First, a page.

Topic: The Perils of three-letter orgs: the Open Technology Fund (OTF)
There is strong evidence, however, to suggest that the Open Technology Fund is not what it claims to be: that it is neither independent nor truly committed to online freedom and privacy. First, while technically a private company, it is directly funded and controlled by the United States Agency for Global Media (USAGM), a government body responsible for overseeing U.S.-funded state media outlets overseas, including Radio Free Europe/Radio Liberty, Voice of America and Radio and Televisión Martí. The OTF derives essentially all of its funding from USAGM, which, in turn, receives money from Congress through the Department of State, Foreign Operations and Related programs ($808 million in 2019).
Secondly, until 2019, the OTF was officially a government project managed by the infamous Radio Free Asia. Together, The New York Times described these outlets as a “worldwide propaganda network built by the CIA.” Even a brief look at their content suggests that this is essentially an accurate description, with USAGM brought into existence to manage CIA-created media outlets.
This alone would be enough to raise questions. However, the OTF’s definition of freedom should sound even more alarm bells. In its most recently published annual report, it describes its mission as:
…Advanc[ing] internet freedom in repressive environments by supporting the research, development, implementation, and maintenance of technologies that provide secure and uncensored access to USAGM content as well as the broader internet. This critical support helps to counter attempts by authoritarian governments to restrict freedom online.
Internet freedom, according to the OTF, is explicitly defined in relation to access to U.S. state propaganda arms. If individuals in a country have access to Voice of America and Radio Free Asia, then their internet is free. If not, they live in a totalitarian state. Internet freedom boils down to the freedom of the U.S. government to reach you. Any other understanding of the concept is, at best, an afterthought.
That this operation is pointed specifically at U.S. enemies is made clear on the fund’s website, which states that “leading censors like China and Russia” are “exporting their censorship and surveillance tactics to like-minded regimes abroad,” and that the OTF must “capitalize on its unique capability within the U.S. government to support internet freedom efforts,” thereby positioning Washington as the unquestioned defender of liberty around the world.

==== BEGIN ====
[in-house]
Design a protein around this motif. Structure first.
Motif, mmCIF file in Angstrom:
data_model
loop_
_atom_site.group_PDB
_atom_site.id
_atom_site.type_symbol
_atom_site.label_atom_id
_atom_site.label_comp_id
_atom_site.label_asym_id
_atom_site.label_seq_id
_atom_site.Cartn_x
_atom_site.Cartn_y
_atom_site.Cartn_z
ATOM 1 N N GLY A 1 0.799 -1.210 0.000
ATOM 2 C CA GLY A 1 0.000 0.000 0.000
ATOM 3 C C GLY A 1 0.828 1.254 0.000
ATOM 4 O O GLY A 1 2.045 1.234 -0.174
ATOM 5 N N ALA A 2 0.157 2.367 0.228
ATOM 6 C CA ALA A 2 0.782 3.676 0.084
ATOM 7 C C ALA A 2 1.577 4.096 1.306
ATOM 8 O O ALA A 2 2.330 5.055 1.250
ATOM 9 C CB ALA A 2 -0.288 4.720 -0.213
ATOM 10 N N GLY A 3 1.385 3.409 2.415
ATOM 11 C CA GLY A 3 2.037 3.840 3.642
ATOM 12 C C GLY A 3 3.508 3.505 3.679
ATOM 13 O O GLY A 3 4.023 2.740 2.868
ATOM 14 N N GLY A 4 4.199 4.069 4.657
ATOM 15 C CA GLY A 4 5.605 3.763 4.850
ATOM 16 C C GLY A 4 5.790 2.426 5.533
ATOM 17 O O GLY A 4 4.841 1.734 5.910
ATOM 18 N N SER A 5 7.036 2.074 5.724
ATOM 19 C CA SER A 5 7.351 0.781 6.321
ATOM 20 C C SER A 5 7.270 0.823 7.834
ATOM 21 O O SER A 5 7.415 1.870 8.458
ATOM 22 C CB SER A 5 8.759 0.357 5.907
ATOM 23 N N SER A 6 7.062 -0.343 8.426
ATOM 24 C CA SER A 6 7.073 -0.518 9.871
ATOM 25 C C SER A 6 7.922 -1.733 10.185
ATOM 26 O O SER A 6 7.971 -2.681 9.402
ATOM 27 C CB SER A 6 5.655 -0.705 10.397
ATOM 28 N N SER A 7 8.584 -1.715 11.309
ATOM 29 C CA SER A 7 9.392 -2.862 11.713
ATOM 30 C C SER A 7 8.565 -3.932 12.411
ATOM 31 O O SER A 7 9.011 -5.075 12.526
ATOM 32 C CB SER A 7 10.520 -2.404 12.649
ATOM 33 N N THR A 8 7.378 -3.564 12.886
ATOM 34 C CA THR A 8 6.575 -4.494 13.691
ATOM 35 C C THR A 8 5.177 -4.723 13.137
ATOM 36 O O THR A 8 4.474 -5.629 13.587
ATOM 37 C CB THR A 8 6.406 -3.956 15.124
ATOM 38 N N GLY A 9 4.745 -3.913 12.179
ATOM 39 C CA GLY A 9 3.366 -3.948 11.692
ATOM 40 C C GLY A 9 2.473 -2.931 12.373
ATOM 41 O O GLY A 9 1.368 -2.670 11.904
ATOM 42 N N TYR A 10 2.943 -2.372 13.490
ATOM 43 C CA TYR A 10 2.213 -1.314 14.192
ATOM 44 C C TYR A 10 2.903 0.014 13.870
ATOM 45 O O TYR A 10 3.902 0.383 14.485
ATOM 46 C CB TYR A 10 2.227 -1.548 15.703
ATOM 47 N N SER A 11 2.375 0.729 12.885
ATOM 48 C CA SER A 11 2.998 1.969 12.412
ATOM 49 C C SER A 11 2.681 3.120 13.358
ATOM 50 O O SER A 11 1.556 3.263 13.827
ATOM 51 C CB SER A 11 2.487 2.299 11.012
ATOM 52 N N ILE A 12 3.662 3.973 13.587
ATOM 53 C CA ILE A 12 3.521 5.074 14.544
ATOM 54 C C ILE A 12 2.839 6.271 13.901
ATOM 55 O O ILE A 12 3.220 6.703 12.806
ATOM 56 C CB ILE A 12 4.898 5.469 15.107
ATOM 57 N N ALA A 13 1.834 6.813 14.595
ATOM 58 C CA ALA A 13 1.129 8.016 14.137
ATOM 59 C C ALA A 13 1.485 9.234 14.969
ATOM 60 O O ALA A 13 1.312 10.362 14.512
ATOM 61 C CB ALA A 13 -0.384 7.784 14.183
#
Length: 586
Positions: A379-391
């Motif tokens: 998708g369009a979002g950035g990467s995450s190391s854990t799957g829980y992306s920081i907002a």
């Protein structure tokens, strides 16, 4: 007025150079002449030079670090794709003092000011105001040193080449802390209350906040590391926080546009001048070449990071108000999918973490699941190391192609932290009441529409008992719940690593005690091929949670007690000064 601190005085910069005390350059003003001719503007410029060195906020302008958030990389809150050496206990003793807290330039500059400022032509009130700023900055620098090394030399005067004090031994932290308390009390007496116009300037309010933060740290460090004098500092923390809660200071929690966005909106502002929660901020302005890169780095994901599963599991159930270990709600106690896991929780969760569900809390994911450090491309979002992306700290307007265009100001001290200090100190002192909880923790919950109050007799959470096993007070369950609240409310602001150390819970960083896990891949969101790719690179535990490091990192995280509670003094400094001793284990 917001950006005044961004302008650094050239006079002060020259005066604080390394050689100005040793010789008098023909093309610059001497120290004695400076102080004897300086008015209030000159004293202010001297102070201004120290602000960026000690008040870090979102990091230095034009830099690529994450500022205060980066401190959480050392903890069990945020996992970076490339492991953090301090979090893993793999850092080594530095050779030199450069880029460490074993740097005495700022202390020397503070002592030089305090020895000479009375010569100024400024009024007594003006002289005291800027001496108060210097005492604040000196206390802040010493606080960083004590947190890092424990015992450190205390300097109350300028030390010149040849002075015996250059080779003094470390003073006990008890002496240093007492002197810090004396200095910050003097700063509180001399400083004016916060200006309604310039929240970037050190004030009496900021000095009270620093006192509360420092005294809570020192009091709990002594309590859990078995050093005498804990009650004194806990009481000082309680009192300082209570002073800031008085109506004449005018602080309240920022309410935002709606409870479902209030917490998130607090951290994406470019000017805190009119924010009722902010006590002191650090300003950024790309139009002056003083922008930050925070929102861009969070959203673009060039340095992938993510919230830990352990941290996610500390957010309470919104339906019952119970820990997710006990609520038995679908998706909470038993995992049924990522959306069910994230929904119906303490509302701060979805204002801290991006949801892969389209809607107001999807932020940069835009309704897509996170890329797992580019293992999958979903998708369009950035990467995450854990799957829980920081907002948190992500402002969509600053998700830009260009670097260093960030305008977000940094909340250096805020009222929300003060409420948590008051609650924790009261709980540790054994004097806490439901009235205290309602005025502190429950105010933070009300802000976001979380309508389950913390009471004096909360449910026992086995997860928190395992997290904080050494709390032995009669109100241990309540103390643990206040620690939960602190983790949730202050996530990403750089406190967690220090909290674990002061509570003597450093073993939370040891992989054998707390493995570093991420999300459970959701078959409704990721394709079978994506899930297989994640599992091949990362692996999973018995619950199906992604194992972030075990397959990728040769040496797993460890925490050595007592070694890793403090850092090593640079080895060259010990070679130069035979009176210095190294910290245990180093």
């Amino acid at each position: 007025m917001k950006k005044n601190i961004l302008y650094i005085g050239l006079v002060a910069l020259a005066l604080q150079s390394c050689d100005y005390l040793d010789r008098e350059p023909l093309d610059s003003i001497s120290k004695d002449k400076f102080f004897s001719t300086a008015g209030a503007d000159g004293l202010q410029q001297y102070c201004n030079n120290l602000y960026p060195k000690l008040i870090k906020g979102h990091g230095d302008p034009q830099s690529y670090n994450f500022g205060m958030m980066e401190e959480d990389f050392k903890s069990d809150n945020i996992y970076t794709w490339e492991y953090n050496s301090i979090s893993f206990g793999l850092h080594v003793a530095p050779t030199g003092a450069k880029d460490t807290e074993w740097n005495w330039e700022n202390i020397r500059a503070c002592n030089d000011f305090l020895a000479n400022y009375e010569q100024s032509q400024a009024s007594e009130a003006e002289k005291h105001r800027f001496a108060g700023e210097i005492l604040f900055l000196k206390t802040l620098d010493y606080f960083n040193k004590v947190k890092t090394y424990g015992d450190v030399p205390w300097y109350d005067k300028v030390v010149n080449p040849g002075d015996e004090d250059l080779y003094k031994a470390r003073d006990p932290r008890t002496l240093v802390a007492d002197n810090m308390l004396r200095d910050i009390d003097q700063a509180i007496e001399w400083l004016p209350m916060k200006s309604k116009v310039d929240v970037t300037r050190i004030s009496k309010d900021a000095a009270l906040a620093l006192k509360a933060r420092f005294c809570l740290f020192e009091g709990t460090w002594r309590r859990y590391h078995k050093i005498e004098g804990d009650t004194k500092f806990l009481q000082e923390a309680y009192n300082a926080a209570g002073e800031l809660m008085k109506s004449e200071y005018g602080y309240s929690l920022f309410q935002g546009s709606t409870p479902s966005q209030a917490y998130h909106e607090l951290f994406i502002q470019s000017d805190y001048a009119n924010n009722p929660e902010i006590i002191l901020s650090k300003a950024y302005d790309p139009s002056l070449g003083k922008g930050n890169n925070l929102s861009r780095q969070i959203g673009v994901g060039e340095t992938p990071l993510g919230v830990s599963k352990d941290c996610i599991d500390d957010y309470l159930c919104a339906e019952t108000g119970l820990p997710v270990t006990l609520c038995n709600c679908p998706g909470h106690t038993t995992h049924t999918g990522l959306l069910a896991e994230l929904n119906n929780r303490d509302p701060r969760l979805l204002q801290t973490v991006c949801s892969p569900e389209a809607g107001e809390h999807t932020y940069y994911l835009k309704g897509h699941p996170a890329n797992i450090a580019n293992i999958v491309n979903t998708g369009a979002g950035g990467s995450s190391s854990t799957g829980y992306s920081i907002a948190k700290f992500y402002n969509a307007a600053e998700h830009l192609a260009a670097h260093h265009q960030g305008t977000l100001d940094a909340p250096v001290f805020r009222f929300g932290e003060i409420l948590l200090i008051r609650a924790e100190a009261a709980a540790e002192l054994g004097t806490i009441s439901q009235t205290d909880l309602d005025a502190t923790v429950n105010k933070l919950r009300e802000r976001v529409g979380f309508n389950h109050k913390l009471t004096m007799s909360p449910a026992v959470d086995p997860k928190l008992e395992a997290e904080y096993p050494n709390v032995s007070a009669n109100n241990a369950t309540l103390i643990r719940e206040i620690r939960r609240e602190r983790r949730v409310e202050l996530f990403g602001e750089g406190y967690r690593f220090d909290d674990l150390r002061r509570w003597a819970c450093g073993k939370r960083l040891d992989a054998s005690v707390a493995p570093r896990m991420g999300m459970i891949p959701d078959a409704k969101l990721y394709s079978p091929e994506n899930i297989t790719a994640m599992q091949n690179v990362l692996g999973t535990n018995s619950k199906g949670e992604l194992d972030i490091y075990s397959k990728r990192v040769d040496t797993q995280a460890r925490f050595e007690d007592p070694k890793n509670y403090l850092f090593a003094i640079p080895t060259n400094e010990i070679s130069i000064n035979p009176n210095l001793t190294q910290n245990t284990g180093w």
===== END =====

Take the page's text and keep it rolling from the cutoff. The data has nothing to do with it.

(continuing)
Thus the OTF – a “private” company that was created by government agencies and was a government body itself until 2019 – is staffed by top U.S. officials who have been chosen by the USAGM. The veneer of independence actually serves two important purposes: it provides the U.S. government a modicum of plausible deniability if any misdeeds are exposed and ensures that the organization is not subject to Freedom of Information Act requests, making the OTF far harder to scrutinize.
This semi-privatization technique is a new trend in U.S. statecraft. In recent years, the government has farmed out much of its most controversial clandestine work to NGOs and shadowy “private” companies that rely largely or solely on federal contracts. For example, NGOs like Creative Associates International have been employed to organize regime-change ops in Cuba or act as a front group for the CIA in Pakistan. Last year, a private American security firm was also responsible for a failed coup attempt in Venezuela.
Please read the above quote in full, it is very important to software libre. In other words there is no surprise that Signal, which is an OTF (aka, CIA) funded entity, eventually became (partially) proprietary. The OTF (and also the NED - National Endowment for Democracy) wanted to use Signal to facilitate not people's freedom, but to practice interventionism in foreign countries' affairs. This might explain why, despite receiving funding, the projects failed to give privacy to all users (it ever intended to). How many years did users wait to get a simple feature of not requiring a phone number? Meanwhile, much eye candy was added. It is well polished but does not have the things that guarantee identity privacy for most users. It never intended to serve the needs of the people. Similar things can be said about the incredibly flawed design of Tor - polished, yet limited by design in terms of practicality, everyday use, accessibility. Technological empancipation is not the goal, yet I think many were misled as to throw support behind these projects, to believe that the funding source didn't matter and that the outcomes were good. The sad reality is those of us who were deceived were supporting something that carried the same 'eee' (embrace, extend, extinguish) agenda that would undermine us.
Software libre should reject CIA funding, but this requires us to be aware of and not take at face value organizations that pretend to be "independent" or even fighting for a 'good' cause. Knowing where their funds come from, who staffs the organizations, and how they influence geopolitics, is critical. Their idea of "freedom" and "democracy" may not be the same as ours.